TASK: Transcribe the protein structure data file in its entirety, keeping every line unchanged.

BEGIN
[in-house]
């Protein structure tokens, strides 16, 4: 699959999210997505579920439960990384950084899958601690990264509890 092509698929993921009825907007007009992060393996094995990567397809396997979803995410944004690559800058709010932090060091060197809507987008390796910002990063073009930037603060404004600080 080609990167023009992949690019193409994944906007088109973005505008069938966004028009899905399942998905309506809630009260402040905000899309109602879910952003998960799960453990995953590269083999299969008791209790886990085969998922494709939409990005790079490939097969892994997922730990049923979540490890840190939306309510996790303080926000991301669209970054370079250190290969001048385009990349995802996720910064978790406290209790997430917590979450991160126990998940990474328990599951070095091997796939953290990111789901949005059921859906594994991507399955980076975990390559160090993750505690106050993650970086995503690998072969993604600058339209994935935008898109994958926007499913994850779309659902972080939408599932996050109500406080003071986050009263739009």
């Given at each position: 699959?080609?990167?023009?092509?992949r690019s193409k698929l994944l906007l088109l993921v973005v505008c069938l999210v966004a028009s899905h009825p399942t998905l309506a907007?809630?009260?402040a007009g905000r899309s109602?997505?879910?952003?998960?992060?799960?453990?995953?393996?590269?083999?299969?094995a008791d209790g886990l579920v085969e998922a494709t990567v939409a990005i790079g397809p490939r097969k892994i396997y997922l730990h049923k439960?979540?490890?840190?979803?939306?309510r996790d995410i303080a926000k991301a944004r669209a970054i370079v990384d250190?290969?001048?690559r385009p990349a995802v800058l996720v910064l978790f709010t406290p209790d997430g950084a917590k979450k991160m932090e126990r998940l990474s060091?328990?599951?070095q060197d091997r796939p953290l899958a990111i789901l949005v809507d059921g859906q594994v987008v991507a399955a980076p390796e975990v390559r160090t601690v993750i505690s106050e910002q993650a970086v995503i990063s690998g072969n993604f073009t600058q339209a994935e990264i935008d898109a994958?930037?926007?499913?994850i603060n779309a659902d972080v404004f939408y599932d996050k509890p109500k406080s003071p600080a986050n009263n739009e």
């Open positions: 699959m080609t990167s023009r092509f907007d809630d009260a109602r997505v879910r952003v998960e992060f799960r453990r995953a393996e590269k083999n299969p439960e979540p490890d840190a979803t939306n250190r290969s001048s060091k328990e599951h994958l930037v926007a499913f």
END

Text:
[in-house]
């Protein structure tokens, strides 16, 4: 699959999210997505579920439960990384950084899958601690990264509890 092509698929993921009825907007007009992060393996094995990567397809396997979803995410944004690559800058709010932090060091060197809507987008390796910002990063073009930037603060404004600080 080609990167023009992949690019193409994944906007088109973005505008069938966004028009899905399942998905309506809630009260402040905000899309109602879910952003998960799960453990995953590269083999299969008791209790886990085969998922494709939409990005790079490939097969892994997922730990049923979540490890840190939306309510996790303080926000991301669209970054370079250190290969001048385009990349995802996720910064978790406290209790997430917590979450991160126990998940990474328990599951070095091997796939953290990111789901949005059921859906594994991507399955980076975990390559160090993750505690106050993650970086995503690998072969993604600058339209994935935008898109994958926007499913994850779309659902972080939408599932996050109500406080003071986050009263739009």
């Given at each position: 699959?080609?990167?023009?092509?992949r690019s193409k698929l994944l906007l088109l993921v973005v505008c069938l999210v966004a028009s899905h009825p399942t998905l309506a907007?809630?009260?402040a007009g905000r899309s109602?997505?879910?952003?998960?992060?799960?453990?995953?393996?590269?083999?299969?094995a008791d209790g886990l579920v085969e998922a494709t990567v939409a990005i790079g397809p490939r097969k892994i396997y997922l730990h049923k439960?979540?490890?840190?979803?939306?309510r996790d995410i303080a926000k991301a944004r669209a970054i370079v990384d250190?290969?001048?690559r385009p990349a995802v800058l996720v910064l978790f709010t406290p209790d997430g950084a917590k979450k991160m932090e126990r998940l990474s060091?328990?599951?070095q060197d091997r796939p953290l899958a990111i789901l949005v809507d059921g859906q594994v987008v991507a399955a980076p390796e975990v390559r160090t601690v993750i505690s106050e910002q993650a970086v995503i990063s690998g072969n993604f073009t600058q339209a994935e990264i935008d898109a994958?930037?926007?499913?994850i603060n779309a659902d972080v404004f939408y599932d996050k509890p109500k406080s003071p600080a986050n009263n739009e």
């Open positions: 699959m080609t990167s023009r092509f907007d809630d009260a109602r997505v879910r952003v998960e992060f799960r453990r995953a393996e590269k083999n299969p439960e979540p490890d840190a979803t939306n250190r290969s001048s060091k328990e599951h994958l930037v926007a499913f």